Cooling lubricants in principal contain a number of problematic substances. Until now only a few of these are routinely classified. For other substances up to date there are no ideal routine laboratory analysis procedures. Goal: evaluating of capillary electrophoresis as a universal analysis method for cooling lubricants for determination of nitrate/nitrite, amines and carbolic acid components (in total 55 individual substances)
The development of procedures corresponding with practice, field tests in work related use (cooling lubricant concentrates, cooling lubricant emulsions, fresh and after long periods of use, aerosol analysis)
Capillary electrophoresis enables the following: short analysis times, on-column-detection, efficient separation with a high degree of selectivity, low buffer use, minimal sample volumes, minimum preparation of samples required, few waste products requiring disposal; good reproducibility (relative StD 1.5 to 7.3 %); detection limits in the mg/l-range. All important alkanole amines are quantifiable. For 31 cooling lubricant concentrates the results correspond closely the manufacturers' specifications. The commercial products remain within the TRGS (secondary amines) limit value, several exceed the limit value for diethanole amine. 18 anions from inorganic carbonic acids were quantified by indirect UV-detection. Unacceptable levels of nitrite from 8 to 230 g/ml were detected in four products. Capillary zone electrophoresis enabled 13 corrosion inhibitors and biocides to be determined simultaneously. Phenoxylalcohol contents ranging from 2 to 15 % were detected using micelle electrokinetic chromatography with direct UV-detection, one product contained 60 mg/l phenol.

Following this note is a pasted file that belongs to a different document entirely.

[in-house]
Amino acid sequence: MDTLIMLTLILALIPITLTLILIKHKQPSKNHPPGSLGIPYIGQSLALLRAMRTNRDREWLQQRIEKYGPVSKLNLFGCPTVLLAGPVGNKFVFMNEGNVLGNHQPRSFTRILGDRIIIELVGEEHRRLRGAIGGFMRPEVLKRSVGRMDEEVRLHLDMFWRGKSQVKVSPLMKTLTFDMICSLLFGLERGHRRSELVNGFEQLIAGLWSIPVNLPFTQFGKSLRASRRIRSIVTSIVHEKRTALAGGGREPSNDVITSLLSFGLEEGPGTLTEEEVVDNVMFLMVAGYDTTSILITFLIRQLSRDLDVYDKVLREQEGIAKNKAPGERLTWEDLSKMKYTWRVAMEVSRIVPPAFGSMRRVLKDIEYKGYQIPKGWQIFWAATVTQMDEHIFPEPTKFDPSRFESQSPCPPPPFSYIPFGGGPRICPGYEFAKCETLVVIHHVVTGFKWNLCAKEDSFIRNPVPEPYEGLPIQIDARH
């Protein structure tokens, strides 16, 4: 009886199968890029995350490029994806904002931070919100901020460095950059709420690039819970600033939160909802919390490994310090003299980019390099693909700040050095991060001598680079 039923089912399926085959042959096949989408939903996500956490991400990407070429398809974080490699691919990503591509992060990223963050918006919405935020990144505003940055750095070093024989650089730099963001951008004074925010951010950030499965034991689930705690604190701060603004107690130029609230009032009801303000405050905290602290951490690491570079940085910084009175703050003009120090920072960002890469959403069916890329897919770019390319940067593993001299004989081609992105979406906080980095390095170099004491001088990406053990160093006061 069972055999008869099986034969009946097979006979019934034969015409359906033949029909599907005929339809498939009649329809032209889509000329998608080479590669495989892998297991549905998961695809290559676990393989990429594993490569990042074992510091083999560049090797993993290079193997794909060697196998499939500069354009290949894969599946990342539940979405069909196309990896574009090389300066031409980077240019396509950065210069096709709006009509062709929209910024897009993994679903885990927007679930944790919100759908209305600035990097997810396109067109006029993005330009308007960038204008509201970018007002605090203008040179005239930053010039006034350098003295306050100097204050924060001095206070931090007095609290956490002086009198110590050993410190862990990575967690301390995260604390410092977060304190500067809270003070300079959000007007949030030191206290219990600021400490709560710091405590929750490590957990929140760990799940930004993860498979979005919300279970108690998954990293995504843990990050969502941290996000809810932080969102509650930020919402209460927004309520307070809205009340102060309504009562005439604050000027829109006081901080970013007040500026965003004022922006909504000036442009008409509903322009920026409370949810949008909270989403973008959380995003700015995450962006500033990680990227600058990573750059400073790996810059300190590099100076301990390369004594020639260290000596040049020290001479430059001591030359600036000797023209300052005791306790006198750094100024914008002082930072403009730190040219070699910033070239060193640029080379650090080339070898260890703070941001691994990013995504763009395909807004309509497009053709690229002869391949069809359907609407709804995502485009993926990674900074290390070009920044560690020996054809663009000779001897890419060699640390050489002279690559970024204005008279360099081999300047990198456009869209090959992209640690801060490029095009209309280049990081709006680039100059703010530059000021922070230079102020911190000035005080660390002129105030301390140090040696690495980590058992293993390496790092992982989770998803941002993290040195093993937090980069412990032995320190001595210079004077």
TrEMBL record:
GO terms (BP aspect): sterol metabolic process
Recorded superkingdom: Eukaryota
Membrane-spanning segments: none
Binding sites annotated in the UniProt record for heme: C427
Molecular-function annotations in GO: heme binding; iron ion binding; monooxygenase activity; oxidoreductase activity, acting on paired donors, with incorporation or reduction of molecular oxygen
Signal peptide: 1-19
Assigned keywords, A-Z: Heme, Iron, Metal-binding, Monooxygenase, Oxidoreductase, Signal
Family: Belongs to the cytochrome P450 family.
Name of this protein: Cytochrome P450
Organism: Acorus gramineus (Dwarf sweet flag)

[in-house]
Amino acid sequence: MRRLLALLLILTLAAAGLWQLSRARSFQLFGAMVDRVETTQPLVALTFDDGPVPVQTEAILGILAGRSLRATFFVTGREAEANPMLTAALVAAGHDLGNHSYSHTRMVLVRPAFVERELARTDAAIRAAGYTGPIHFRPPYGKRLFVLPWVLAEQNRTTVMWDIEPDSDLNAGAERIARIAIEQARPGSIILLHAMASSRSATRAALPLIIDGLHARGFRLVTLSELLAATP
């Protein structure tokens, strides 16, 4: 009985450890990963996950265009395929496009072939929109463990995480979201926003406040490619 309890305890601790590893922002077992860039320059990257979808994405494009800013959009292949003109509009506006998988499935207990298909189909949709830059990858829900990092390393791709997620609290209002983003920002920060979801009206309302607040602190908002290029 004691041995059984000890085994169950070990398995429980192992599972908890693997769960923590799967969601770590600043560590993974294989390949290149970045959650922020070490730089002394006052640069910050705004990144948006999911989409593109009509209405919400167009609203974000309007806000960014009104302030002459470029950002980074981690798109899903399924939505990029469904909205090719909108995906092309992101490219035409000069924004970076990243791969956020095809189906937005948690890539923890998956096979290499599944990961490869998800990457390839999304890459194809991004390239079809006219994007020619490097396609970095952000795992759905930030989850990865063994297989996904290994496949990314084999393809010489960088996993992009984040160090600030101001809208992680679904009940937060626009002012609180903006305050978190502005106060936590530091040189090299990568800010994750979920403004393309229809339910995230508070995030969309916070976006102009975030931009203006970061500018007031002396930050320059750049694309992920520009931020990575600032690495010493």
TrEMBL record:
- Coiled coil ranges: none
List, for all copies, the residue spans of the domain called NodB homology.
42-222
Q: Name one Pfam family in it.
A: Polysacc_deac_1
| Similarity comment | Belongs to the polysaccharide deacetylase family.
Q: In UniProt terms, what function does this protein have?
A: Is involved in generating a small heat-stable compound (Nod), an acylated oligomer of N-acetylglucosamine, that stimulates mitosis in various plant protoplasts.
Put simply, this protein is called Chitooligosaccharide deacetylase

-cross sectoral-Type of hazard:
Messverfahren, Gefährdungsbeurteilung, krebserregende StoffeDescription, key words:
Evaluation of capillary electrophoresis and other procedures for control of the content of substances dangerous to health in cooling lubricants, in particular nitrate/nitrite, (alkanole-)amines, carbolic acids